Predicted longitudinal bending and shear stresses are presented below. Bending stress at the damage section was expected to reach 41 ksi at the keel (compression) and 23 ksi at the strength deck (tension). The predicted bending moment at the damaged section was calculated to be approximately 24,500 ft-Ltons, which would be in excess of the ultimate bending moment capacity of the damaged section, calculated based on ULSTR analysis. This was clearly undesirable.
Given the undesirable stress levels and bending moment in drydock with the sonar dome full, two possible steps could be taken to reduce bending moments at this damaged section:
For the drydocking, Norfolk Naval Shipyard included drydock blocking under the bellyband of the sonar dome. This blocking was set to the sonar dome offset heights, providing sufficient loading of the blocking, since the bow/sonar dome had
dropped approximately 1"due to relaxation of the structure since the collision.
- Dewater the sonar dome prior to emptying the drydock or dewatering the sonar dome during the drydock dewatering process, but prior to the drydock becoming empty. This provides reduced bending moments at the damaged section. Bending stress at the damage section with the sonar dome dewatered were calculated to be reduced to approximately 33 ksi at the keel (compression) and 19 ksi at the strength deck (tension).
- Add drydock blocking under the sonar dome foundation (bellyband), thus reducing bending moments across the damaged section. In order for this to achieve much effect on reducing bending moments and stresses, the blocking under the sonar dome would need to have sufficient height to ensure they are sufficiently loaded to reduce bending moments across the damaged section. For example, where blocks under the sonar dome are set ½"above the height contour of the sonar dome, bending stresses across the damaged section could be reduced to 18 ksi at the keel (compression) and 11 ksi at the strength deck (tension), providing an acceptable factor of safety to yield.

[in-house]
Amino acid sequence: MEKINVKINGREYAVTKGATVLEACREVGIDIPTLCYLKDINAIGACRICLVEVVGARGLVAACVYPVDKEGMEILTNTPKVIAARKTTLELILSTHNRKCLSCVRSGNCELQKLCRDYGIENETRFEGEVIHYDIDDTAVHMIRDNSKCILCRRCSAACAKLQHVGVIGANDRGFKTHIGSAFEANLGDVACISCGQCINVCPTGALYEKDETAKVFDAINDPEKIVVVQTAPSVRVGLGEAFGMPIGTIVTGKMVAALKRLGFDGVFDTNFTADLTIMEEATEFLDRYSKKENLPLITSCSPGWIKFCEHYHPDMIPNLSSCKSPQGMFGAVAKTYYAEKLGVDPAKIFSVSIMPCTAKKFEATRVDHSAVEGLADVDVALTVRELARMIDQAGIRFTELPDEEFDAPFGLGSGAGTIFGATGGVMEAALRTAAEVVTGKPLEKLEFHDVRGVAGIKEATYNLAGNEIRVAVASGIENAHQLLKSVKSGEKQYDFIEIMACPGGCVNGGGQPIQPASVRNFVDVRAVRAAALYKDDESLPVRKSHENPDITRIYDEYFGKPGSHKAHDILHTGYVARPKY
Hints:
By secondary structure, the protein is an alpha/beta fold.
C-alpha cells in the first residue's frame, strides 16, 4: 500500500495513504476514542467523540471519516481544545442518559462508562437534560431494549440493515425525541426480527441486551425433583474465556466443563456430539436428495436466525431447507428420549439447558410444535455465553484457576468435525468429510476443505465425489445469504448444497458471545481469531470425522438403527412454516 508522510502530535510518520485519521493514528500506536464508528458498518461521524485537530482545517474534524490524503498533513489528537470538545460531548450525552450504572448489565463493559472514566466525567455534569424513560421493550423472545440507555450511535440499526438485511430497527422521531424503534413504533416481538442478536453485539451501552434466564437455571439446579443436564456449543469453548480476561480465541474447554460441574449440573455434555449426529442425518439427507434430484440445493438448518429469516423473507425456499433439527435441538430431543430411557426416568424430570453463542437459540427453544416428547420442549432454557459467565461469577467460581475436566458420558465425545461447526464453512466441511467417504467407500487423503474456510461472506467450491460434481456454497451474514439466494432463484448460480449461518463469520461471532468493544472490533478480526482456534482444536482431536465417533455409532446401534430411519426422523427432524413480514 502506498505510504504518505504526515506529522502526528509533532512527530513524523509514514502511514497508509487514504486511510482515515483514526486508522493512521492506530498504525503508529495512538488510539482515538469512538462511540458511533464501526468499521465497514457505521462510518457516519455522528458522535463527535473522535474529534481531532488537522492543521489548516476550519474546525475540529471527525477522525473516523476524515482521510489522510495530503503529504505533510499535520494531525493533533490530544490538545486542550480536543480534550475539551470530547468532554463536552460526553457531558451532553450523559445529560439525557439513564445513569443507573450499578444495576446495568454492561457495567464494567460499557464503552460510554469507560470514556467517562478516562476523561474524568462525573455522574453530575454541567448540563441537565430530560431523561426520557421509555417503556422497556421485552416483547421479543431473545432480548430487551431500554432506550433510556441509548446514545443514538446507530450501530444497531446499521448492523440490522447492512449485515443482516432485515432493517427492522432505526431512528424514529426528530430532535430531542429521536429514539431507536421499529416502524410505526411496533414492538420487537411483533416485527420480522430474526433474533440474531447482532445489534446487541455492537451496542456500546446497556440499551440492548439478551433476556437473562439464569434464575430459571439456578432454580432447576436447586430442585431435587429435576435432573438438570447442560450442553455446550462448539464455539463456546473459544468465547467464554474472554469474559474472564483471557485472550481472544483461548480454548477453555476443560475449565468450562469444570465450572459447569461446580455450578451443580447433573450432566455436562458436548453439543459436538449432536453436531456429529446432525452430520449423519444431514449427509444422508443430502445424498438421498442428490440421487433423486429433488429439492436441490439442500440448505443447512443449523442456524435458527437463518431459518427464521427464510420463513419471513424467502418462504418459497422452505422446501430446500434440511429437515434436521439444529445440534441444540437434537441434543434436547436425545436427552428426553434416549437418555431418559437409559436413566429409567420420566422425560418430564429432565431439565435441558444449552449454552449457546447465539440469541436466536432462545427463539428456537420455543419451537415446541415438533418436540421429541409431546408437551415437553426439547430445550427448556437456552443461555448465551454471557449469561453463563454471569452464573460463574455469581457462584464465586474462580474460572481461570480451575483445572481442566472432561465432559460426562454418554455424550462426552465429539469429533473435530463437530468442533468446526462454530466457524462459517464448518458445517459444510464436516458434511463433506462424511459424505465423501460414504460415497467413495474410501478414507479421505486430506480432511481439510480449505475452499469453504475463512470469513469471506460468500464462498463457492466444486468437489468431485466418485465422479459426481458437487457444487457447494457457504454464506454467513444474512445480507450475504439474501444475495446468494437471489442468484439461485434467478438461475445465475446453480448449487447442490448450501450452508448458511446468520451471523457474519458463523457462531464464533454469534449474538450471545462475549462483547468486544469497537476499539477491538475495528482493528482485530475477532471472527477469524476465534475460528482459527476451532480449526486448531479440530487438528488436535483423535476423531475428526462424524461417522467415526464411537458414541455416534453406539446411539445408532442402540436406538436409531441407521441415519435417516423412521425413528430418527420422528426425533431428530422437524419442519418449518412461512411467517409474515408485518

4.Initial Assessment of Refloating the Ship with the Bow Section Removed:
Per request of Norfolk Naval Shipyard naval architects, POSSE was utilized to model and evaluate the afloat condition of the USS Radford with the bow section (forward of frame 94) removed. This was done to determine viability of a plan to move the ship to another drydock for installation of a replacement bow section. The modified POSSE ship data files were developed by deleting hull stations and compartments forward of frame 94,and adjusting weights (lightship weight distribution and variable loads) by removing components forward of frame 94. It was assumed (for the initial evaluation) that all tankage and other variable loads remained the same as for the initial drydocking condition. In this case, the stern section should float with approximate drafts of 15.7' forward and 24.0' aft. It should be noted that this forward draft is referenced to the new "bow "of this stern section (i.e. frame 94), vice the original forward perpendicular of the DD968. Stability of this stern section in this condition would be excellent, with a predicted GM of 3.78' and large righting arms throughout a large range of stability. While this initial analysis was completed using the initial (drydocked) loading condition, it is clear that some variation of loading would be required for the ship to float at a more suitable (even) trim for undocking.
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As this POSSE model was CONFIDENTIAL, conduct of the POSSE evaluation was inconvenient, although not problematic. Files required storage on a single 3.5"floppy disc (1.44 MB),and occasionally salvage case files not absolutely mandatory required deletion to make sufficient room on the single floppy disc. It should be noted that POSSE models for larger ships (e.g. aircraft carriers, amphibious vessels, etc.) could be problematic since the models will not fit on a single 1.44 MB floppy disc. It is recommended that users who anticipate use of larger CONFINDENTIAL POSSE models consider acquisition of a Zip Drive (100-200 MB), vice requiring their hard drives be made CONFIDENTIAL in an emergency.
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U.S. Navy Salvage Engineers, LCDR Jeff Stettler and LT Neff Anastasio
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LCDR Jeff Stettler
LT Neff Anastasio